Do you remember your first sales job? Your first sales training? What do you remember most about it? I remember the first sales lesson at the age of 16.
My first boss, Mr. Clarence McKee (deceased), taught me a sales lesson within 15 minutes of my first day on my first sales job, as a part-time shoe clerk in a family shoe store that I never forgot.
“Son, I want to teach you something about selling, and I don’t want you ever to forget it. Are you listening to me?”
“Yes, sir!” He gave me a choice: I could choose to learn and implement what he taught me or not work for him.
It was the shortest sales lesson ever taught. I knew within a few sentences what my purpose and expectations were, and what would happen if I did not meet them. It was horrifying for a high school junior
With his bald head reflecting the glare from a bare, dangling light bulb in the storeroom, his steely eyes peering over his glasses and his boney index finger pointed at me, Mr. McKee simply said, “Get their money.”
Now that might be a little strong for today’s sales training, but it is a lesson I never forgot. Mr.McKee did not say put pressure on the customer; he did not tell me to ‘win.’ He did not teach me how to close the sale. He just wanted me to understand my purpose.
“You are not here to show shoes. You are here to sell shoes, and if they do not see the the shoes they like, they will not buy them.”
Then he clearly and precisely told me how to do it.
“If you cannot find the inventory shoe the customer intends to buy in the size they need, turn them over to me. Do you understand?” If you cannot do this, I will have to send you home.”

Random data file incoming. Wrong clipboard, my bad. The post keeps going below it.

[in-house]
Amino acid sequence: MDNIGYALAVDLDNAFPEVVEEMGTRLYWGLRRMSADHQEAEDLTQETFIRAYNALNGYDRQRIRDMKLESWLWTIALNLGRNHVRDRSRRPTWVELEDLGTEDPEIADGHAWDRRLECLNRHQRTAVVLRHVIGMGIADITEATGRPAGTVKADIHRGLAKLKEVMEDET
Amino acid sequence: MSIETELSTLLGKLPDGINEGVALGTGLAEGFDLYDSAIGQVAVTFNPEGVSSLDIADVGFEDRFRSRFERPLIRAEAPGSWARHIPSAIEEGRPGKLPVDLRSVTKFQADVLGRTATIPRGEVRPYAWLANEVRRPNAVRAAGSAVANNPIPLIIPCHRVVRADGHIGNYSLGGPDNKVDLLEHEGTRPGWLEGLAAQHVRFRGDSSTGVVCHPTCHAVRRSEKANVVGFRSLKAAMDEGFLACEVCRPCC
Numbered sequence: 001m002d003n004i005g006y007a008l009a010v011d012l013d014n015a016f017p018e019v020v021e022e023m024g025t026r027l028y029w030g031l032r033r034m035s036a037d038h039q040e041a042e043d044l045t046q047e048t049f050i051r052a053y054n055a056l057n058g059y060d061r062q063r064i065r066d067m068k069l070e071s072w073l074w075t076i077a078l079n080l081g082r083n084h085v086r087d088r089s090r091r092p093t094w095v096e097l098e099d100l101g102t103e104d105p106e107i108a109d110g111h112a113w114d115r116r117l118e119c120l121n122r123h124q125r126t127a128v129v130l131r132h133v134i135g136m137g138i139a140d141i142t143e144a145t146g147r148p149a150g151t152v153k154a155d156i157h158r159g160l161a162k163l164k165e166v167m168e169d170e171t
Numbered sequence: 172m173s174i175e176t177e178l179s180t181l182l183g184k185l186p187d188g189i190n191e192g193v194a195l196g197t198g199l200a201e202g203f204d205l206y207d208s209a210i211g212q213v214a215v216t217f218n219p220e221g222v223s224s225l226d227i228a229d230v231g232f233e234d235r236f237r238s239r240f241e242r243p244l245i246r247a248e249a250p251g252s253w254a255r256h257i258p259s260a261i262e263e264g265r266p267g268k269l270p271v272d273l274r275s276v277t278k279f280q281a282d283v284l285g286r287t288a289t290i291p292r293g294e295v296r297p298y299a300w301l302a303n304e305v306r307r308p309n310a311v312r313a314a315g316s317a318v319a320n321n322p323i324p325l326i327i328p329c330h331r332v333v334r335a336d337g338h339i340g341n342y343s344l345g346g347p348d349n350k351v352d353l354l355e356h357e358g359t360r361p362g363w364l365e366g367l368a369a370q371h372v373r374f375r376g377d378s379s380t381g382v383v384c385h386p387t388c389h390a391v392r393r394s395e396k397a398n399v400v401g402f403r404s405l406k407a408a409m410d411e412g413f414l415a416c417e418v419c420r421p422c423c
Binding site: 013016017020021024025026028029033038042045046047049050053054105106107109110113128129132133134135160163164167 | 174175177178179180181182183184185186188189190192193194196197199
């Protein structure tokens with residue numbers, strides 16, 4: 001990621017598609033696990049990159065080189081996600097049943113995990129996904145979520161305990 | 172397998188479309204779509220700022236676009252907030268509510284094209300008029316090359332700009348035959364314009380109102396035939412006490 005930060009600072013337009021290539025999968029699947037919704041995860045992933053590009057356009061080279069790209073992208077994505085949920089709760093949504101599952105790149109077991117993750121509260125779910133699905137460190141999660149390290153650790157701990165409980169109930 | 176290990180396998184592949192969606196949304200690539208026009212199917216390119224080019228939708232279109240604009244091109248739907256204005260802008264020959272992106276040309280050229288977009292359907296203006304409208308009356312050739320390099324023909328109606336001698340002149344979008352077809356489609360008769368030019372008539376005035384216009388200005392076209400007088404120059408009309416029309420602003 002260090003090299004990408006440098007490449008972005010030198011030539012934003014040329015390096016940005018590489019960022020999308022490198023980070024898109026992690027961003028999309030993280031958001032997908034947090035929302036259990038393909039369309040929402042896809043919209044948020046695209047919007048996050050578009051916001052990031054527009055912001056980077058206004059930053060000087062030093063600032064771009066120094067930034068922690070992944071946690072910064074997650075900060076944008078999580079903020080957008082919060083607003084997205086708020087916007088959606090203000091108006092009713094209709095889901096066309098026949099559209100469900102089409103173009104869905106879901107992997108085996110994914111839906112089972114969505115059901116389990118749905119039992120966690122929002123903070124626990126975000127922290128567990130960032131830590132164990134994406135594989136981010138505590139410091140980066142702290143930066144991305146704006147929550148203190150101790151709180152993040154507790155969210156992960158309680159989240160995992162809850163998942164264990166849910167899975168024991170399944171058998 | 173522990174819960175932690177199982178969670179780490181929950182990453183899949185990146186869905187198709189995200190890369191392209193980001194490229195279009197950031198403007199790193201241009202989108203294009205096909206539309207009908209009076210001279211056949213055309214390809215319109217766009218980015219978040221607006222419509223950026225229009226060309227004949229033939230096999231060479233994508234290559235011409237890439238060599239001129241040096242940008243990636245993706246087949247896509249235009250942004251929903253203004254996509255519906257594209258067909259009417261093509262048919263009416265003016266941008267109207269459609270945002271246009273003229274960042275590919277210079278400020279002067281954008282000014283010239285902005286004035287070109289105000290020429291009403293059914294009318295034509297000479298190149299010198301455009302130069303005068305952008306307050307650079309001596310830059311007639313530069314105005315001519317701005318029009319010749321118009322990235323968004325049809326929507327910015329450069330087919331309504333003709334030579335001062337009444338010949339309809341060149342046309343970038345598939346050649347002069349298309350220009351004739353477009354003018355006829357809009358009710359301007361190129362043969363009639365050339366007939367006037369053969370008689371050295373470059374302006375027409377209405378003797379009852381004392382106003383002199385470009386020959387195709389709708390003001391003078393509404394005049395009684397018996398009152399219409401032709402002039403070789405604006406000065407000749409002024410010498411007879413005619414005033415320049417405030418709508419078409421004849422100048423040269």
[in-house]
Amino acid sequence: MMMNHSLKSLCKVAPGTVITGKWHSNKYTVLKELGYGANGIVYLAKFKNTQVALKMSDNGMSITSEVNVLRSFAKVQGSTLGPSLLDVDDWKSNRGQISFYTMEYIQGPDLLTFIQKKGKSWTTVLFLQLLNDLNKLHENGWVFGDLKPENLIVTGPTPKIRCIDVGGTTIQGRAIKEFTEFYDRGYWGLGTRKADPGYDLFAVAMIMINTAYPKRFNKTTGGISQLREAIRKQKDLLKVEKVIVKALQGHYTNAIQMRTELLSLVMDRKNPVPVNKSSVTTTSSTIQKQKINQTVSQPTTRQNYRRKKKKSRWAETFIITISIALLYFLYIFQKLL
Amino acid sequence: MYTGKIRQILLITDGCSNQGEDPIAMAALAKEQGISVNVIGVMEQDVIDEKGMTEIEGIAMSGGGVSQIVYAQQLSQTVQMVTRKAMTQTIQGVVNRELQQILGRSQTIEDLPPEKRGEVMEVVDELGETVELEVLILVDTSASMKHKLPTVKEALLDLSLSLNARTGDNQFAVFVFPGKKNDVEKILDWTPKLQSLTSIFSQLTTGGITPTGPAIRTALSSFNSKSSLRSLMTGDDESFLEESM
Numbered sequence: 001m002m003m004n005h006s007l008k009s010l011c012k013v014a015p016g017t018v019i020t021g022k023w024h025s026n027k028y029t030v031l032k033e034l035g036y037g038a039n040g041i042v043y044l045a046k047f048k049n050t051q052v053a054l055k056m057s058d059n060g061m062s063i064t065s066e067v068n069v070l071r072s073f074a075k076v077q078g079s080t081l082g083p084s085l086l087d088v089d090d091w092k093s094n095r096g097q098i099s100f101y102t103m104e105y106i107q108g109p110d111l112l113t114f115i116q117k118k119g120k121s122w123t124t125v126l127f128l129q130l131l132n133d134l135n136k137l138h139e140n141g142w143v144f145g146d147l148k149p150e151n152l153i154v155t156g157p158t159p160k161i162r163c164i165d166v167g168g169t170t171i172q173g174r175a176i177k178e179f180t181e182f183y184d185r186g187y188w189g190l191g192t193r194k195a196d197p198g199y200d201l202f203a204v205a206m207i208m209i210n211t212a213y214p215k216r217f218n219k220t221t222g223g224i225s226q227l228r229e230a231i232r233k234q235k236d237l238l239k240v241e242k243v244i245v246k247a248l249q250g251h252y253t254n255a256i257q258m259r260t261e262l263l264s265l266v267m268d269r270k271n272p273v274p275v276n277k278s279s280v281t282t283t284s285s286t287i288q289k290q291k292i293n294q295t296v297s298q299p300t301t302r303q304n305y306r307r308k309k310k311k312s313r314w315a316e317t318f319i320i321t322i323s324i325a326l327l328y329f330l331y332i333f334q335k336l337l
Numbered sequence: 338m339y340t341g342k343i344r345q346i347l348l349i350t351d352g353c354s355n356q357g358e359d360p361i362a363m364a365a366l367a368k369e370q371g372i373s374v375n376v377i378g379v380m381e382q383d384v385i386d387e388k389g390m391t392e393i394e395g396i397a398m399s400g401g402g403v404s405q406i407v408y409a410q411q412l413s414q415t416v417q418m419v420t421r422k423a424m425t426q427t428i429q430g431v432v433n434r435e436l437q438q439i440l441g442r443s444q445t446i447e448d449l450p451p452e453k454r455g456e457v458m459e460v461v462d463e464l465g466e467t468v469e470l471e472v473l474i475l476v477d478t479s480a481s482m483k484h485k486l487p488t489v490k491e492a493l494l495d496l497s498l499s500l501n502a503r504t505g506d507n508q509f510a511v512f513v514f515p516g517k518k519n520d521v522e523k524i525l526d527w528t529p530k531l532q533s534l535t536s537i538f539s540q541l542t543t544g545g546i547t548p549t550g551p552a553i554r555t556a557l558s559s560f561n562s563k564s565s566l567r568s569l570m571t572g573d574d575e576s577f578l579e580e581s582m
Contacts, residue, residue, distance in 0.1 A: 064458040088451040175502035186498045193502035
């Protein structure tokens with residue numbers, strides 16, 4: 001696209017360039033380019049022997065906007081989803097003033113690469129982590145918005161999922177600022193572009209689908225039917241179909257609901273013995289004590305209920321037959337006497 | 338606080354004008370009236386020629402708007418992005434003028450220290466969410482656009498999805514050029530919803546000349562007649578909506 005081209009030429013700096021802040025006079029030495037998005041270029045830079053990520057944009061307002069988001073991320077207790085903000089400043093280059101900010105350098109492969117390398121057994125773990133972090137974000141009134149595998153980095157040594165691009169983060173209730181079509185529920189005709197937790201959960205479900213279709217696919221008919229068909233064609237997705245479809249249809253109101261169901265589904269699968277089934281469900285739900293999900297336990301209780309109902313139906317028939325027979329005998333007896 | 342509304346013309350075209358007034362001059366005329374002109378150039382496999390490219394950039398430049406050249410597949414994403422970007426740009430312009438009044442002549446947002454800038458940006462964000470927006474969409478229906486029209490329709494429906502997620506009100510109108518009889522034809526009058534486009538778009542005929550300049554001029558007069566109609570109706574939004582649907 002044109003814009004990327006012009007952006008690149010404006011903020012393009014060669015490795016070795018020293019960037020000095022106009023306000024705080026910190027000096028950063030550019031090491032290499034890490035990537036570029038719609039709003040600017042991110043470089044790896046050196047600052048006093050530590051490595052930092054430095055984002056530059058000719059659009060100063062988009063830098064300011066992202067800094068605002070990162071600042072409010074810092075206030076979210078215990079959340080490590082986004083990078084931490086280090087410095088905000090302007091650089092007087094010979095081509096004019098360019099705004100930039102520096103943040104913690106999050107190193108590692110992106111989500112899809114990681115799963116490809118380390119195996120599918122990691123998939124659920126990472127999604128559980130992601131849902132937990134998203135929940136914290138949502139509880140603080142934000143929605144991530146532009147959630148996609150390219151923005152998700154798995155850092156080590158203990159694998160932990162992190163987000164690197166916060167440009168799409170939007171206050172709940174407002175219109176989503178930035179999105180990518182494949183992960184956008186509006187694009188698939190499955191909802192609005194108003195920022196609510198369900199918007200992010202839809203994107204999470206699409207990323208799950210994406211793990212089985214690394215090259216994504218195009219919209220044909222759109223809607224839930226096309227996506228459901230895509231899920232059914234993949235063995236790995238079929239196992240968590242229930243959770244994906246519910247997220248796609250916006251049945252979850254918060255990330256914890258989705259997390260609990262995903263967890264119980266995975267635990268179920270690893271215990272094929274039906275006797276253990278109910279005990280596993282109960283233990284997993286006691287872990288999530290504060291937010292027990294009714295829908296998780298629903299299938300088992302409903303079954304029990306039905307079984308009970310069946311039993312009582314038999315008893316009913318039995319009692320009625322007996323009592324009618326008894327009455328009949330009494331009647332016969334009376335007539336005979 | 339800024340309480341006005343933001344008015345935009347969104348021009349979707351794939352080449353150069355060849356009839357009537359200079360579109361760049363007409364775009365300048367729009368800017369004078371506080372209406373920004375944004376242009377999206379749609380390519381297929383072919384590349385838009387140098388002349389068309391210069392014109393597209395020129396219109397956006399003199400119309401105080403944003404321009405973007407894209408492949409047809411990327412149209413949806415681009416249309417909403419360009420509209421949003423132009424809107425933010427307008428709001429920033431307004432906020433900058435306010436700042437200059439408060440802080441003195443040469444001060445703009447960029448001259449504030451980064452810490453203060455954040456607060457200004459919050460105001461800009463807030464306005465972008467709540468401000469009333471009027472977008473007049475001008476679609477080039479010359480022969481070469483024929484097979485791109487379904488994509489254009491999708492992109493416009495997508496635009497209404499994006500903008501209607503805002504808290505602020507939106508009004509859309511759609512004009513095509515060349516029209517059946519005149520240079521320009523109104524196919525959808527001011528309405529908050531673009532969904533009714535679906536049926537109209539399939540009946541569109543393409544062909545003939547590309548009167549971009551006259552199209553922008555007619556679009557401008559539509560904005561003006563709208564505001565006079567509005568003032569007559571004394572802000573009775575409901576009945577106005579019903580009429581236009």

Even as a 16-year-old, I understood. I was not expected to know the inventory on my first day. In addition, I better turn my prospects over to Mr. McKee or face a one-man firing squad.
Fortunately, it was a retail operation, so I did not have to worry about prospecting. I just focused on meeting the needs of the prospects who wanted to buy shoes that fit.
Or turn them over to Mr. McKee. Over the two years I spent my Saturdays and summers selling shoes, I learned the inventory and mostly learned that Mr. McKee was willing to train me and over time, his promise of my making more money selling shoes on commission than my grocery bagging friends down the street were making by the hour.
At first, I thought my job was to sell shoes because that is what Mr. McKee so clearly explained to me the first day. However, I came to learn that yes, if I am in commission sales, my income is going to be based on my ability to provide services that meet the shopper’s needs.
Later when I found myself training my onsite sales teams for major condominium communities and subdivisions, I had some fun remembering the ‘get their money’ challenge, because it is at the same time clear and hard.
However, I like what Marshall Field believed when he opened the famous Marshall Field’s department store years ago when he had the motto, “give the lady what she wants” and installed a babysitting service and a soda fountain in his stores.
So, maybe learning how to prospect and close a sale is not the first thing we need to learn in sales. The first thing we need to learn, especially in real estate, is that we are in business to help find homes our home shoppers are willing to purchase, which brings us back to knowing how to find and show ‘what fits’ the wants and needs of the homeshopper.
Next: Do you know how to tell if you are working with a ready, willing and able prospect?